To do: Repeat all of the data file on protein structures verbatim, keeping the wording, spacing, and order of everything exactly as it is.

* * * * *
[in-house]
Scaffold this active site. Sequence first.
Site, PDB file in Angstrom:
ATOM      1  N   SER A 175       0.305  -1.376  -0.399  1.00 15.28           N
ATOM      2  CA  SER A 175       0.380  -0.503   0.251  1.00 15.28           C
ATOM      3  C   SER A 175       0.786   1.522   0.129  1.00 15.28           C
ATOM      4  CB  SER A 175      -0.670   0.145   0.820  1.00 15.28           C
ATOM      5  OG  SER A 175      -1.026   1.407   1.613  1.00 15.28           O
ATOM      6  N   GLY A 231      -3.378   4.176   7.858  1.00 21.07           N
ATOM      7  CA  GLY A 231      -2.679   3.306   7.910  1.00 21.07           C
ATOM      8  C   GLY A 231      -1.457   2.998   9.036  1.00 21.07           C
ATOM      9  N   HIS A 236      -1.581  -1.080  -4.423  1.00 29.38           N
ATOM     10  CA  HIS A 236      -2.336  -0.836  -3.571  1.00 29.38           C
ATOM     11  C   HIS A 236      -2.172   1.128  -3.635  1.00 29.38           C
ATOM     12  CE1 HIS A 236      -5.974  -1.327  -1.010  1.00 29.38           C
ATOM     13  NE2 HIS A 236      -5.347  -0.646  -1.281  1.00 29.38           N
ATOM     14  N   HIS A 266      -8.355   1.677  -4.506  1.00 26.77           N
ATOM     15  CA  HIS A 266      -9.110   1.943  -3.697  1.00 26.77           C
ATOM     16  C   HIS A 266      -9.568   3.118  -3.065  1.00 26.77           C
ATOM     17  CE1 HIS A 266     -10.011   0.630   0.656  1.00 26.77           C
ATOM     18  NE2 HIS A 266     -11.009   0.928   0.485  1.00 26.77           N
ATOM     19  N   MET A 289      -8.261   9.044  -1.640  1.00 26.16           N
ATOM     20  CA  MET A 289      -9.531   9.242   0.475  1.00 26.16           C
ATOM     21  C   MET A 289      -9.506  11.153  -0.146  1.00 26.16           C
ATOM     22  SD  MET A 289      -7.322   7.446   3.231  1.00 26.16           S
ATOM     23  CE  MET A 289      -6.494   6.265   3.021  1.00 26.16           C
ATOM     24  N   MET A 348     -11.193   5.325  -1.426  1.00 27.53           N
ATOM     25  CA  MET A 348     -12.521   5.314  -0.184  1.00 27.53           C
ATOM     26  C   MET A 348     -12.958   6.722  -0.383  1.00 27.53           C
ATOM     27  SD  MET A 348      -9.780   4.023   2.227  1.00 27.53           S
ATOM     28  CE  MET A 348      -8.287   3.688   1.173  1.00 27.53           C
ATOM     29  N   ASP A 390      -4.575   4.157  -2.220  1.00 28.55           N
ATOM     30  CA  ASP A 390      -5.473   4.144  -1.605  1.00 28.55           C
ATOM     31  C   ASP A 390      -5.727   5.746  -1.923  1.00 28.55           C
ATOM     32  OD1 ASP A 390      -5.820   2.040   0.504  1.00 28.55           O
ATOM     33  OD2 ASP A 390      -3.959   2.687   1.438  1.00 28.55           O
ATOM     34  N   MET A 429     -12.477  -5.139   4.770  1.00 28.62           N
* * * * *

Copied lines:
[in-house]
Scaffold this active site. Sequence first.
Site, PDB file in Angstrom:
ATOM      1  N   SER A 175       0.305  -1.376  -0.399  1.00 15.28           N
ATOM      2  CA  SER A 175       0.380  -0.503   0.251  1.00 15.28           C
ATOM      3  C   SER A 175       0.786   1.522   0.129  1.00 15.28           C
ATOM      4  CB  SER A 175      -0.670   0.145   0.820  1.00 15.28           C
ATOM      5  OG  SER A 175      -1.026   1.407   1.613  1.00 15.28           O
ATOM      6  N   GLY A 231      -3.378   4.176   7.858  1.00 21.07           N
ATOM      7  CA  GLY A 231      -2.679   3.306   7.910  1.00 21.07           C
ATOM      8  C   GLY A 231      -1.457   2.998   9.036  1.00 21.07           C
ATOM      9  N   HIS A 236      -1.581  -1.080  -4.423  1.00 29.38           N
ATOM     10  CA  HIS A 236      -2.336  -0.836  -3.571  1.00 29.38           C
ATOM     11  C   HIS A 236      -2.172   1.128  -3.635  1.00 29.38           C
ATOM     12  CE1 HIS A 236      -5.974  -1.327  -1.010  1.00 29.38           C
ATOM     13  NE2 HIS A 236      -5.347  -0.646  -1.281  1.00 29.38           N
ATOM     14  N   HIS A 266      -8.355   1.677  -4.506  1.00 26.77           N
ATOM     15  CA  HIS A 266      -9.110   1.943  -3.697  1.00 26.77           C
ATOM     16  C   HIS A 266      -9.568   3.118  -3.065  1.00 26.77           C
ATOM     17  CE1 HIS A 266     -10.011   0.630   0.656  1.00 26.77           C
ATOM     18  NE2 HIS A 266     -11.009   0.928   0.485  1.00 26.77           N
ATOM     19  N   MET A 289      -8.261   9.044  -1.640  1.00 26.16           N
ATOM     20  CA  MET A 289      -9.531   9.242   0.475  1.00 26.16           C
ATOM     21  C   MET A 289      -9.506  11.153  -0.146  1.00 26.16           C
ATOM     22  SD  MET A 289      -7.322   7.446   3.231  1.00 26.16           S
ATOM     23  CE  MET A 289      -6.494   6.265   3.021  1.00 26.16           C
ATOM     24  N   MET A 348     -11.193   5.325  -1.426  1.00 27.53           N
ATOM     25  CA  MET A 348     -12.521   5.314  -0.184  1.00 27.53           C
ATOM     26  C   MET A 348     -12.958   6.722  -0.383  1.00 27.53           C
ATOM     27  SD  MET A 348      -9.780   4.023   2.227  1.00 27.53           S
ATOM     28  CE  MET A 348      -8.287   3.688   1.173  1.00 27.53           C
ATOM     29  N   ASP A 390      -4.575   4.157  -2.220  1.00 28.55           N
ATOM     30  CA  ASP A 390      -5.473   4.144  -1.605  1.00 28.55           C
ATOM     31  C   ASP A 390      -5.727   5.746  -1.923  1.00 28.55           C
ATOM     32  OD1 ASP A 390      -5.820   2.040   0.504  1.00 28.55           O
ATOM     33  OD2 ASP A 390      -3.959   2.687   1.438  1.00 28.55           O
ATOM     34  N   MET A 429     -12.477  -5.139   4.770  1.00 28.62           N